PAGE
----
It costs me cash, and it makes it most likely that my emails go to spam or Gmail’s promos tab. Individuals who don’t open my e-mails make it harder for other e-mails to get to individuals who actually want them! The “Pro” plan of ActiveCampaign has actually lead scoring integrated in.
Here’s an automation I got from ActiveCampaign’s library of automations, which I utilize to inform which contacts aren’t engaging with my emails. When a contact subscribes, this automation adds a “0 days” tag. As time passes, it includes brand-new tags for 7 days, 30 days, 60 days, etc Each time they open an e-mail, a different automation eliminates them from this automation, eliminates all of those tags, and starts this automation over once again.
This automation can be frustrating at first, and this is one of those cases where I want ActiveCampaign had a more out-of-the-box option. However, since you can do anything with ActiveCampaign, in some cases you need to build things from scratch. ActiveCampaign has an option to erase non-active subscribers, which I don’t suggest.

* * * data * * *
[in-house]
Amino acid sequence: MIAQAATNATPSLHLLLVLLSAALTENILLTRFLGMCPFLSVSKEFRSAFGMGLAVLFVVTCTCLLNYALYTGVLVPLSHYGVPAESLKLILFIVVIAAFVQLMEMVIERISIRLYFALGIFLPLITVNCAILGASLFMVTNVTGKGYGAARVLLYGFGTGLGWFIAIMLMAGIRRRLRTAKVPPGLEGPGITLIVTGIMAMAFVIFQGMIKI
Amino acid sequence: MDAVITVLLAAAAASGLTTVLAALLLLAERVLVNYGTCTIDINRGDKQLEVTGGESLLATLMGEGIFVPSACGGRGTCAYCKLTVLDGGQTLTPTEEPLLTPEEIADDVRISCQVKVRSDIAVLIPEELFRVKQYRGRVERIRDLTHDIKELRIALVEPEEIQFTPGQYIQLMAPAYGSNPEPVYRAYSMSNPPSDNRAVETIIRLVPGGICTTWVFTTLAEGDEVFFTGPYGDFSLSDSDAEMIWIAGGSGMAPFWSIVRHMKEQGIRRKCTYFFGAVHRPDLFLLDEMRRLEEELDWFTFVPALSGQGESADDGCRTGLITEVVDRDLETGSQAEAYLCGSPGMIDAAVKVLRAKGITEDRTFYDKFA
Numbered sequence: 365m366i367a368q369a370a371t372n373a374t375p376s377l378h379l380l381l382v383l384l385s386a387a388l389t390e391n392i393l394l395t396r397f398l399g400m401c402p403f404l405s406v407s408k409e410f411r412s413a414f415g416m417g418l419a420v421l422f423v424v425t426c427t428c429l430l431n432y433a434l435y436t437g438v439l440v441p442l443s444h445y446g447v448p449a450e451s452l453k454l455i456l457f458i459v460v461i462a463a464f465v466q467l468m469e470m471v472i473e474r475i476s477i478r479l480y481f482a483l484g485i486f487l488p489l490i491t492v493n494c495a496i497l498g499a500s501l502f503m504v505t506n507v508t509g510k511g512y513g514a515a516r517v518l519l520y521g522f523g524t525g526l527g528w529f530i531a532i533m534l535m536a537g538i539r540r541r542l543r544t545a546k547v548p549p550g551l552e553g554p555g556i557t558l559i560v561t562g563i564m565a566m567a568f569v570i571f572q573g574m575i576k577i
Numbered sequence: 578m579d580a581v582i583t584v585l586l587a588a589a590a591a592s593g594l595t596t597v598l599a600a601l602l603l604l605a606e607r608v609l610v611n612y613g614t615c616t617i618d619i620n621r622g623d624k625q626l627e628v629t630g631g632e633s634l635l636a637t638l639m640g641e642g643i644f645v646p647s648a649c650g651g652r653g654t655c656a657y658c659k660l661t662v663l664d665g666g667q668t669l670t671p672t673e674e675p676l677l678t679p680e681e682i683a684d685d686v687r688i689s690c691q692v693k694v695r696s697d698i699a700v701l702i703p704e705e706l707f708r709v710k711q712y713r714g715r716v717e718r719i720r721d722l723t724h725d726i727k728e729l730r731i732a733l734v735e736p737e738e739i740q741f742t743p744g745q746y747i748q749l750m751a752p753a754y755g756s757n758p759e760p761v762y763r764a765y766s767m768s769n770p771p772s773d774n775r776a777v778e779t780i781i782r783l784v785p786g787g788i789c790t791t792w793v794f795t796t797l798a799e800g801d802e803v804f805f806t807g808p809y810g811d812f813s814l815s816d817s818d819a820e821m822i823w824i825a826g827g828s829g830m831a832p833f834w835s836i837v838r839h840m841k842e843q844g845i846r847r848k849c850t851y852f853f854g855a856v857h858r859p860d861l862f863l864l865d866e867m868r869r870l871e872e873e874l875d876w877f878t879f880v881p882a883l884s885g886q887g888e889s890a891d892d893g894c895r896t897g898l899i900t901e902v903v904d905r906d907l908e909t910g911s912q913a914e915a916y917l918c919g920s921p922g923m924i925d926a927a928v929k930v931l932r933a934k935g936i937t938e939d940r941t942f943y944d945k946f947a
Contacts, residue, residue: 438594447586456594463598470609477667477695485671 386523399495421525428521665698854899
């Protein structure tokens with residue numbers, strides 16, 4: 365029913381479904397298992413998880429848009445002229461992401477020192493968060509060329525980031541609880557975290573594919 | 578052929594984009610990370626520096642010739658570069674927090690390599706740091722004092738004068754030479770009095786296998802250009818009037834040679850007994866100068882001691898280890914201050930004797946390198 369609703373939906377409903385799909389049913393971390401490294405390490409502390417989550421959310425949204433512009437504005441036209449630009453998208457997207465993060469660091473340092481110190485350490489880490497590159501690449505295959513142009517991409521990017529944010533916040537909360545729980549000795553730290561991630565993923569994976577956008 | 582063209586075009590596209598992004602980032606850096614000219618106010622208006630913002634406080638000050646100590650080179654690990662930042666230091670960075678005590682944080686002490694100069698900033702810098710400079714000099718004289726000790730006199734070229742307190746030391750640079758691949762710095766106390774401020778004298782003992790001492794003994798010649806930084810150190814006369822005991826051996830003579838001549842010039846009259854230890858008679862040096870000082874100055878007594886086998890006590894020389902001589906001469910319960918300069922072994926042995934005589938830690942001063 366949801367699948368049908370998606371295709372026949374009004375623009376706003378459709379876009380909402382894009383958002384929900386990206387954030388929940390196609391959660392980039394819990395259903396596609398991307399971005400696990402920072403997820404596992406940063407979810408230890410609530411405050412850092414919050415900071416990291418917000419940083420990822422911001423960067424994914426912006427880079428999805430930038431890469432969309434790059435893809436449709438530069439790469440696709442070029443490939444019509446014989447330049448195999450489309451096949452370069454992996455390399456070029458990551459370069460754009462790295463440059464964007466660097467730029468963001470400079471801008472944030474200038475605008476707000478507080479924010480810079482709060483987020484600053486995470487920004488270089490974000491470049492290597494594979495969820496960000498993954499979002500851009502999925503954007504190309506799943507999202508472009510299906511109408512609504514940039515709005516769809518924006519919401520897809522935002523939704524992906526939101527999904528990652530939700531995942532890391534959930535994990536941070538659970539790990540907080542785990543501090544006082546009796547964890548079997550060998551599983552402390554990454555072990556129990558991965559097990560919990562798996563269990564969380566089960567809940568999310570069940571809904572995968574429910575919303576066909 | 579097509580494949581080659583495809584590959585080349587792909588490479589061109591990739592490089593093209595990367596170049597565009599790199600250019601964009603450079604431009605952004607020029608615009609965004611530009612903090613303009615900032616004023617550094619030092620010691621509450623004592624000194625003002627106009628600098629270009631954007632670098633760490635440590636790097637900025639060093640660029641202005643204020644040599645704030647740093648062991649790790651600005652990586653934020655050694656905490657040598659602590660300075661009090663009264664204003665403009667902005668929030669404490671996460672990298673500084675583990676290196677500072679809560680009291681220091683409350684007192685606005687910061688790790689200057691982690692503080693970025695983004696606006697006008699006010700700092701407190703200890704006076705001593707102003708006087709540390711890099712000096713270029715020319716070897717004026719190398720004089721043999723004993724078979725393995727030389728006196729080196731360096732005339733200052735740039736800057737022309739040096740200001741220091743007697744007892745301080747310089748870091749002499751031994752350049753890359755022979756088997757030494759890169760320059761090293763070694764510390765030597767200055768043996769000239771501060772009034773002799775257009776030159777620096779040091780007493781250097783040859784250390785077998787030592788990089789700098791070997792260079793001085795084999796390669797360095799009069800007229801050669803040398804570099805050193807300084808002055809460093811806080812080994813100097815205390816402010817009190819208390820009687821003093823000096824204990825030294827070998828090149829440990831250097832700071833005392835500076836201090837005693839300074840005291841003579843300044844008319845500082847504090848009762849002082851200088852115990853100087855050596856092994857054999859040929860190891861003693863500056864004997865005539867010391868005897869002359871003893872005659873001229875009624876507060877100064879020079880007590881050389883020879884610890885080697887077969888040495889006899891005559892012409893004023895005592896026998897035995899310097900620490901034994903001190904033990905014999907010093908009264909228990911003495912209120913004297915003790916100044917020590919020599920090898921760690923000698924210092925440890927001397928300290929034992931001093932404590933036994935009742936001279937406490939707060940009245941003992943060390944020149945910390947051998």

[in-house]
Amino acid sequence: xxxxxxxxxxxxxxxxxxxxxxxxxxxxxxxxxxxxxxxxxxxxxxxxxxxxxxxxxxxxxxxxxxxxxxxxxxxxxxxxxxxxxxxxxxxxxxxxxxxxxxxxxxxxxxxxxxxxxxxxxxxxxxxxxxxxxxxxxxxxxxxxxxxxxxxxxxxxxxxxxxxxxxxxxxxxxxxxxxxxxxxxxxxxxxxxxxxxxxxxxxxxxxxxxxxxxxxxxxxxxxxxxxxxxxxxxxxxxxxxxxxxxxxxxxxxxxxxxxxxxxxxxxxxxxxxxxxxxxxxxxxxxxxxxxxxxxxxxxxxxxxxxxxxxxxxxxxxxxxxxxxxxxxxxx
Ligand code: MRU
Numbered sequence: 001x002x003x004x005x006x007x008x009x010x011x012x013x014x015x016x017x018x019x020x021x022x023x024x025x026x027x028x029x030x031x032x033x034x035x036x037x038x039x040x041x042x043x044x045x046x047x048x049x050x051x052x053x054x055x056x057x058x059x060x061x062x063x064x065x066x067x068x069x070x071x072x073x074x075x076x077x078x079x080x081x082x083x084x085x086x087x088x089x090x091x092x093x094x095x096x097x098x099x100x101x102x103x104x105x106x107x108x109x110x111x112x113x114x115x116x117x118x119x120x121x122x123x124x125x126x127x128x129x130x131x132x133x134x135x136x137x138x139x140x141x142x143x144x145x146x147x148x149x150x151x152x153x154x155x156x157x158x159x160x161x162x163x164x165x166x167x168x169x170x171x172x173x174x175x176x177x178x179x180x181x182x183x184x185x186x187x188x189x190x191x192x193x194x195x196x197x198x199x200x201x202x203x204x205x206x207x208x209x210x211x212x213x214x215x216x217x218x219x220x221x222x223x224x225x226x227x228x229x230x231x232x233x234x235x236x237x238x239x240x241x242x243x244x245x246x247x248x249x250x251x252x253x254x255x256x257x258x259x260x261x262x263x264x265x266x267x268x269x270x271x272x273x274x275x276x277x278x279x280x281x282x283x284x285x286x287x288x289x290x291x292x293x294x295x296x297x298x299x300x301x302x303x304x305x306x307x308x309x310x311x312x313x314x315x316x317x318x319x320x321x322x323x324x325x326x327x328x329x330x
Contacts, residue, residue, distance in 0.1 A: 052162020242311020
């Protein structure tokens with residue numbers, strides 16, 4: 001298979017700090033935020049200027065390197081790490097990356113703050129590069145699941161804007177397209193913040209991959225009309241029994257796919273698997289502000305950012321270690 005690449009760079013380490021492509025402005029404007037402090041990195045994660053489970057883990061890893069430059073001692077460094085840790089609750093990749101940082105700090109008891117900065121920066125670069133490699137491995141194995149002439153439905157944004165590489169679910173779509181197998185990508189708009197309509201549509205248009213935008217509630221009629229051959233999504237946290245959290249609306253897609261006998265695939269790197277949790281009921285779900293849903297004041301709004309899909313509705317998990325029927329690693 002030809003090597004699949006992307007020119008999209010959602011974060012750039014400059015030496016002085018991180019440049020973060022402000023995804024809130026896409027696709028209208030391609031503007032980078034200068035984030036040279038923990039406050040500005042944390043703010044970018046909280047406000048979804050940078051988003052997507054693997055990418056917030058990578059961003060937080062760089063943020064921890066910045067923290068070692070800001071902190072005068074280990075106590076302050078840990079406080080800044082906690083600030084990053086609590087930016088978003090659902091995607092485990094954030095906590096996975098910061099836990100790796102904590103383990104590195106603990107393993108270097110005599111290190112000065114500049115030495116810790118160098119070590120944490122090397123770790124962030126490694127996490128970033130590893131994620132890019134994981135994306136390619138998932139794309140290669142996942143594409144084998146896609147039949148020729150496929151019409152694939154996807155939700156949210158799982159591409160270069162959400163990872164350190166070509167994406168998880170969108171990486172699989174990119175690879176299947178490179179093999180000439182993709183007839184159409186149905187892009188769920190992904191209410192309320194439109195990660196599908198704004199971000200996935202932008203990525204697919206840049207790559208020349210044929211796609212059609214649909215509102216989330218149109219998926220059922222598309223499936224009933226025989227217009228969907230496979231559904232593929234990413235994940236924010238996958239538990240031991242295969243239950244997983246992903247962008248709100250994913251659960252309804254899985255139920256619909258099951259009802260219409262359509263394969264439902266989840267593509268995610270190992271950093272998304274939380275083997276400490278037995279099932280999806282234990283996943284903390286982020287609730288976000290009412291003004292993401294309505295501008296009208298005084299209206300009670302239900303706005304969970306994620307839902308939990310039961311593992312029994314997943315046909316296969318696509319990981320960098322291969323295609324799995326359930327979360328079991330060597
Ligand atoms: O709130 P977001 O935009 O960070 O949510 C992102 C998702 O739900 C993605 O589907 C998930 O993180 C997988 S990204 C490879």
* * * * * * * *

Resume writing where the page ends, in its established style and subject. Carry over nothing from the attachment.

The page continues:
Some subscribers do not have tracking switched on, so their opens aren’t recorded. Others still want to be subscribed however have been hectic. Here’s my reactivation series: I send one e-mail asking if they still want to be subscribed, and briefly explaining why I keep my email list clean. In one week, I send them another e-mail (if they already clicked on the confirmation link in the previous email, they’ve currently been gotten rid of from the automation using a different automation) – Activecampaign Api.
The automation then unsubscribes them. My emails likewise have a link to a type where they can enter their email address to let me know that they don’t have tracking enabled. This kind adds a tag that I use to filter those contacts out. Activecampaign Api. I used to add this tag when they clicked a link, but when individuals don’t have tracking on, it makes those links not work so reliably! I just send a simple “do you still desire my e-mails?” verification.